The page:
Camp survivor Naftali Furst, who survived the Death March as a child: “The children’s shoes are the symbol of the tragedy of European Jewry. Preserving them is holy work.”
International March of the Living: “The memories of the victims need our help. With just $180,000, we can begin the preservation of the shoes of children who were murdered at Auschwitz, for many, the last testament of their lives.”
Oswiecim, Poland, 27 January, 2023 – Marking the 78th anniversary of the liberation of Auschwitz, and International Holocaust Memorial Day, the International March of the Living, in partnership with the Auschwitz-Birkenau Foundation and the Auschwitz Memorial has issued an urgent call to secure the funds to preserve some 8,000 shoes belonging to children, most of them Jewish, who were in vast majority murdered in the German Nazi concentration and extermination camp Auschwitz. The Auschwitz Foundation announced that, without immediate conservation, these shoes are in danger of disappearing as historic documentation of life and death.
The global fundraising campaign launched last September, entitled “From SOUL to SOLE”, has so far raised more than half of the estimated funds needed for the preservation, about $500,000, including an initial contribution from Eitan Neishlos, founder and President of the Neishlos Foundation, and the grandson of Holocaust survivors. Also contributing to the funds have been thousands of people across the world – members of the public, Jews and non-Jews – who have contributed to the project through the website, https://www.motl.org/soultosole/, many doing so in memory of a victim of the Holocaust, or in the names of their own children to help educate the next generation of the crimes of the Holocaust.
In order to begin the conservation project within the next few weeks a further $180,000 (US) needs to be raised.
Wojciech Soczewica, Director General of Auschwitz-Birkenau Foundation said that, with the completion of the fundraising project, the preservation will begin in the next few weeks and will last around two years. “The conservators of the Museum will be able to begin their work in the coming weeks, after all the funds have been raised. The work on preserving the children’s shoes will last for two years, but our work of preserving the testimonies and the evidence of the Nazi-Germany crimes will continue forever.”
“I am alive thanks to my shoes, which I succeeded in maintaining while at Auschwitz. Without them I wouldn’t have survived the Death March,” said Holocaust survivor Naftali Furst last week at the Conservation Laboratories set up at the Auschwitz-Birkenau Memorial and Museum, to conserve all surviving historical objects, including the shoes that belonged to children deported to the camp.
He added, “I went to Auschwitz together with my family from a prison camp in Slovakia (Sered) towards the end of the war, in November 1944, when I was 12 years old. The Death March was the hardest thing for us. We marched through hell, we walked for three days in the freezing cold, without food, without being able to stop, seeing the so many who could not continue to march and died near us until we reached an open train in the snow, which took us on the days long, freezing cold journey to Buchenwald.”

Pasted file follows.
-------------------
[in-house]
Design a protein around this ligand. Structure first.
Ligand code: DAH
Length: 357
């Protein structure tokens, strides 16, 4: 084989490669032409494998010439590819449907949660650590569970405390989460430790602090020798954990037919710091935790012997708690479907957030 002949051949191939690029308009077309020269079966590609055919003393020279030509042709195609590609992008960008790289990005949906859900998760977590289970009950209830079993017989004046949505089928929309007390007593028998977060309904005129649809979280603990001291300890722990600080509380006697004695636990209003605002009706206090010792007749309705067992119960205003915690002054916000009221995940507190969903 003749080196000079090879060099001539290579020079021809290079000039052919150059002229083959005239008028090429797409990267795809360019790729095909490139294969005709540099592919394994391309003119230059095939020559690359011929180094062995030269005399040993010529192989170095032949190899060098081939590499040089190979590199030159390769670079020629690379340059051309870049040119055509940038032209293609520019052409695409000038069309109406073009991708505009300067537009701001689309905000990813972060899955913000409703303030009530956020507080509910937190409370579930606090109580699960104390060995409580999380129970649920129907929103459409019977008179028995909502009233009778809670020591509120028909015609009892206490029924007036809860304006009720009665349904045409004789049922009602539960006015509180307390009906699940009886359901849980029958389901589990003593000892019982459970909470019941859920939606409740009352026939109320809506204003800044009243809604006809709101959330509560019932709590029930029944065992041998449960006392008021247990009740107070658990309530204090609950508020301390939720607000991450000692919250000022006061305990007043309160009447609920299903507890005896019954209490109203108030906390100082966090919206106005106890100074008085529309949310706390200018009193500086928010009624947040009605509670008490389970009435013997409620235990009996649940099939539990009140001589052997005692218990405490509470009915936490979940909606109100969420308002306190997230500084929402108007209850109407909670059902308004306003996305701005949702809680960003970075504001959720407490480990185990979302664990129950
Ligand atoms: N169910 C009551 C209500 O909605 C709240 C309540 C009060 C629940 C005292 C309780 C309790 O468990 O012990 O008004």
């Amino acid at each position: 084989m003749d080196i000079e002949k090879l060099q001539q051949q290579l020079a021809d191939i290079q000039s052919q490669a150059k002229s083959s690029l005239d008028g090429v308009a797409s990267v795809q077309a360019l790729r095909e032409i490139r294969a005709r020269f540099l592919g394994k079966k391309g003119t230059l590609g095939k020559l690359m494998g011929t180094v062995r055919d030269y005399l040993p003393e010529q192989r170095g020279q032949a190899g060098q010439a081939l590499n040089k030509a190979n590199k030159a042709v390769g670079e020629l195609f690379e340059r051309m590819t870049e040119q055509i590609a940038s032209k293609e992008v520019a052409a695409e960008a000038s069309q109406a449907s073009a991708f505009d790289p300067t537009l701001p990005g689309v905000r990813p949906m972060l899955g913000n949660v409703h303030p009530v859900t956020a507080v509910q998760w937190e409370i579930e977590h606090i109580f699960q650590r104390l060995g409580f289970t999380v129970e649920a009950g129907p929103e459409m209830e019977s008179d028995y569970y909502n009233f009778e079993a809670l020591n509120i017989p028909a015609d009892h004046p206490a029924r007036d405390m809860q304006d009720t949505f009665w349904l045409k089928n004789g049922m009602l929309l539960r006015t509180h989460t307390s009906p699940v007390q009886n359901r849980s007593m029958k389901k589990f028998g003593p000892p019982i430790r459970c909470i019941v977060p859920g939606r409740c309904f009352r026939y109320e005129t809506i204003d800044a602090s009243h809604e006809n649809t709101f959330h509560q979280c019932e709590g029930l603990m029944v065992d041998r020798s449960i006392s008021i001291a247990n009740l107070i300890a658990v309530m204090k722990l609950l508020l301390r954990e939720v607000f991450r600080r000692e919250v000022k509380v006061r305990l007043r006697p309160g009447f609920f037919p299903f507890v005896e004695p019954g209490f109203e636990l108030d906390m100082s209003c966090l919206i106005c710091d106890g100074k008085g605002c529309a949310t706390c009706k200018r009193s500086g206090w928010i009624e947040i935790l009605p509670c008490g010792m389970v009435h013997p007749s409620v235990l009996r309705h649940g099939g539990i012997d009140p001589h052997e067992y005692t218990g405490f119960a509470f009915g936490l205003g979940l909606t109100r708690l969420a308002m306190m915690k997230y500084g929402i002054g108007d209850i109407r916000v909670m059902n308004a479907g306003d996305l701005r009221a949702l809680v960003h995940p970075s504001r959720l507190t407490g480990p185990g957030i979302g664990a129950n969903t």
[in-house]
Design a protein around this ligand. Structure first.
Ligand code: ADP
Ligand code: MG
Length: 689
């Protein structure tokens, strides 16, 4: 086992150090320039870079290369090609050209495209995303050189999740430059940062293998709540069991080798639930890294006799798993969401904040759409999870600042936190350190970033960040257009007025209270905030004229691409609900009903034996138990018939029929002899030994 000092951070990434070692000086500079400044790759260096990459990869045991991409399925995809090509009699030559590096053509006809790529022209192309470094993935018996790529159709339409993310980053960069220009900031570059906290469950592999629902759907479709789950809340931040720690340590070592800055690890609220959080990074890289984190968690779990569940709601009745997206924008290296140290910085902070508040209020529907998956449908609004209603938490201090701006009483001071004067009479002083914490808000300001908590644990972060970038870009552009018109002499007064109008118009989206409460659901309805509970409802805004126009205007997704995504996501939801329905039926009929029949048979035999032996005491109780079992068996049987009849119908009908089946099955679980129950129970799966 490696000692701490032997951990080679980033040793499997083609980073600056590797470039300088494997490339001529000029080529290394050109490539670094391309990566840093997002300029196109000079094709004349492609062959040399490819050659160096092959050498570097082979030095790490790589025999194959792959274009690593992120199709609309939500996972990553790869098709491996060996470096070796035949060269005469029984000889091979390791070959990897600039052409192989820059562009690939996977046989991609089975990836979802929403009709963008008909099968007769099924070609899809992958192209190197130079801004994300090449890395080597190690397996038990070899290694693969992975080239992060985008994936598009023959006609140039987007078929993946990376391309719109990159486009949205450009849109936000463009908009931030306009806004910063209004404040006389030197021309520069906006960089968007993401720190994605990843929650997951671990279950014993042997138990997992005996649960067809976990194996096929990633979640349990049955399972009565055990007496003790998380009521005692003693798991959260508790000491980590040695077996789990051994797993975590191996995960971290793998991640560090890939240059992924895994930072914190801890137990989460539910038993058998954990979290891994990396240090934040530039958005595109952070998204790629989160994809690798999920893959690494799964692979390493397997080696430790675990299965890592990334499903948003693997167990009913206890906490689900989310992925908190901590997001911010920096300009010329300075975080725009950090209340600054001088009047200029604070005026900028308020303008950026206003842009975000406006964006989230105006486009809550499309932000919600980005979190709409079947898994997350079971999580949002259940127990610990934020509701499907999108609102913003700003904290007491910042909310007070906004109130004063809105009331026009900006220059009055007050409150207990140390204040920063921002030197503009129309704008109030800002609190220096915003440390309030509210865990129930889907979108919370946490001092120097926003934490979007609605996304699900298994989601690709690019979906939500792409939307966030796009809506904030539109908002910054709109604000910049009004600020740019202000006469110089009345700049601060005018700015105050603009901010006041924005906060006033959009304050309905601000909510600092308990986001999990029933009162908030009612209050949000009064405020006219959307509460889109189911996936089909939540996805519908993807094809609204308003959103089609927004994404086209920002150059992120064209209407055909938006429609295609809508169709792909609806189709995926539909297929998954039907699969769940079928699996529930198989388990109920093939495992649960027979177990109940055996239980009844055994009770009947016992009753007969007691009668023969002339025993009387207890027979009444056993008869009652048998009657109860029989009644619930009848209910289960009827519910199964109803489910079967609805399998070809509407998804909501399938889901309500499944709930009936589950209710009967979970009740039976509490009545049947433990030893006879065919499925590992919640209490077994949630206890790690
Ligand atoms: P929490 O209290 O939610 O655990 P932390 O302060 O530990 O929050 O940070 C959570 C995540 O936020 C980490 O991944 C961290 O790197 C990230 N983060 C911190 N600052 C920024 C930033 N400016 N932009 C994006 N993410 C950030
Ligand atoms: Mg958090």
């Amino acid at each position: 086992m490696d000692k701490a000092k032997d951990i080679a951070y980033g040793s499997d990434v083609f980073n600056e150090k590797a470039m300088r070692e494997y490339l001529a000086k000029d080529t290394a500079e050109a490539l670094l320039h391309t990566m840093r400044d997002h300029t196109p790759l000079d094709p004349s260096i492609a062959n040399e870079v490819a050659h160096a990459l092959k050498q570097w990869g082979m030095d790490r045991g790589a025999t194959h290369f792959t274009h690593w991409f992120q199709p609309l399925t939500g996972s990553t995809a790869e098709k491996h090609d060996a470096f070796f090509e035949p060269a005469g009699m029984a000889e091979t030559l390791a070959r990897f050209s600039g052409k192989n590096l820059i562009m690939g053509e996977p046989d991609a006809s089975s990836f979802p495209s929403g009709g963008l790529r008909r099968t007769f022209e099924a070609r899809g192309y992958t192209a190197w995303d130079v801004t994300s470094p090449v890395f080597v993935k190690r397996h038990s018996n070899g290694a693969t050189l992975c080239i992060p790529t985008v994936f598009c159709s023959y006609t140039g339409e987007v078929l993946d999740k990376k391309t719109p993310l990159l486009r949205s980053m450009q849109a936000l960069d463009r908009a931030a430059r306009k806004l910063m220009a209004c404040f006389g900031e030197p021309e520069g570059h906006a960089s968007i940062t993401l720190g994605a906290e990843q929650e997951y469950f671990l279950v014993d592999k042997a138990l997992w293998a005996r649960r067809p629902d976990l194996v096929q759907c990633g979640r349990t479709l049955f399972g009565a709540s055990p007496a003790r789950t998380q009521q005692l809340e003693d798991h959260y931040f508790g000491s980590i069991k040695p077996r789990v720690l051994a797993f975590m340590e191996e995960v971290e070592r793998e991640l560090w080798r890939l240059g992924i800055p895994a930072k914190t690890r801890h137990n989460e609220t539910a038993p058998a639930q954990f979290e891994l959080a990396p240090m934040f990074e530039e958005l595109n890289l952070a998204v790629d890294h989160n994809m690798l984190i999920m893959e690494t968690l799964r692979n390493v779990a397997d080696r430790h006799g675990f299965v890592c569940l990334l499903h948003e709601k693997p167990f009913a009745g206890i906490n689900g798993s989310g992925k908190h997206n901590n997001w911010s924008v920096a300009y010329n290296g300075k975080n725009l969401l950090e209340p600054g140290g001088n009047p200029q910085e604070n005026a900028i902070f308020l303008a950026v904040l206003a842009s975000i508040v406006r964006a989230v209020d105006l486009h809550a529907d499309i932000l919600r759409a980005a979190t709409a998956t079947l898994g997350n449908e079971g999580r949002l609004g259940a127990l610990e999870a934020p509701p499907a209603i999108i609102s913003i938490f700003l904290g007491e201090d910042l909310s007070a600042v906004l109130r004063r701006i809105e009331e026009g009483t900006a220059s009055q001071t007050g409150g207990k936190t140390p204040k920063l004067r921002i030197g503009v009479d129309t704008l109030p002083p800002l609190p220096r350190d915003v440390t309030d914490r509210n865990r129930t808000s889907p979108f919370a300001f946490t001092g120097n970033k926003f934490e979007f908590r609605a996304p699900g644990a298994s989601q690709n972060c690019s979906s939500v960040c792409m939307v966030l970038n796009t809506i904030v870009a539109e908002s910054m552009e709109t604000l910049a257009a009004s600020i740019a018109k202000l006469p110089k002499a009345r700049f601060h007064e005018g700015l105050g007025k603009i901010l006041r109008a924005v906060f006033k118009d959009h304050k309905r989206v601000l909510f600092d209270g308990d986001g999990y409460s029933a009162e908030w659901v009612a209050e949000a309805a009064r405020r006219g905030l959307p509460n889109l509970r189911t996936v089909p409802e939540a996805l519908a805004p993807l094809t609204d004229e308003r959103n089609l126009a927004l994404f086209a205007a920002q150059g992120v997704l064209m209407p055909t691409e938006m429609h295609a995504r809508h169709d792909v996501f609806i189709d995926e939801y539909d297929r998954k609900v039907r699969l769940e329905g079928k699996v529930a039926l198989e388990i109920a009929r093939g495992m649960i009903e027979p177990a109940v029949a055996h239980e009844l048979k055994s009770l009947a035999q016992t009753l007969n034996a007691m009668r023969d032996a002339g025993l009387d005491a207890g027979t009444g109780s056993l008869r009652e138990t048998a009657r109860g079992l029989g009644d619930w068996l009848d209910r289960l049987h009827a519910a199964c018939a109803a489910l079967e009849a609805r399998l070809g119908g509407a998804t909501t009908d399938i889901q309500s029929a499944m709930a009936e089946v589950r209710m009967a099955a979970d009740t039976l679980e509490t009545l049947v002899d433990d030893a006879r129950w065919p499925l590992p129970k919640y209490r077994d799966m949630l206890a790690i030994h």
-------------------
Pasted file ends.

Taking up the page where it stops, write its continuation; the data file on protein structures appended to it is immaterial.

Naftali and his brother Samuel marched together, were released together, and miraculously succeeded in reuniting with their parents after the war. They went on to reach Israel.
While holding the shoes of children who were murdered at Auschwitz, Naftali said: “Preserving the shoes of children who were murdered during the Holocaust is holy work. I am so moved to be here and to see how the work is being done, and I think about my family that was murdered – their shoes could be here.”
International March of the Living Deputy CEO Revital Yakin Krakovsky said that March of the Living was established as a symbolic response, as a victory photo, to the death marches, in which Naftali and many others participated. “Each year March of the Living brings thousands to march in the footsteps of those cursed death marches. We hold high the torch of memory and work to keep the voices of the victims alive and heard in our times. When we learned about the need to preserve the shoes of children who were murdered at Auschwitz, most of whom were murdered the day they arrived at the camp, it was clear that we had a one-time opportunity to preserve this tangible evidence of Nazi crimes, and to increase awareness of the cruel murder of children during the Holocaust.”
Approximately 1.1 million people from across German-occupied Europe were murdered in Auschwitz-Birkenau. Among 1.3 million people deported to Auschwitz there were some 232,000 children up to the age of 18. The largest numbers of children arrived at the camp in the second half of 1942. The majority of them were Jewish children who were immediately murdered in gas chambers upon their arrival.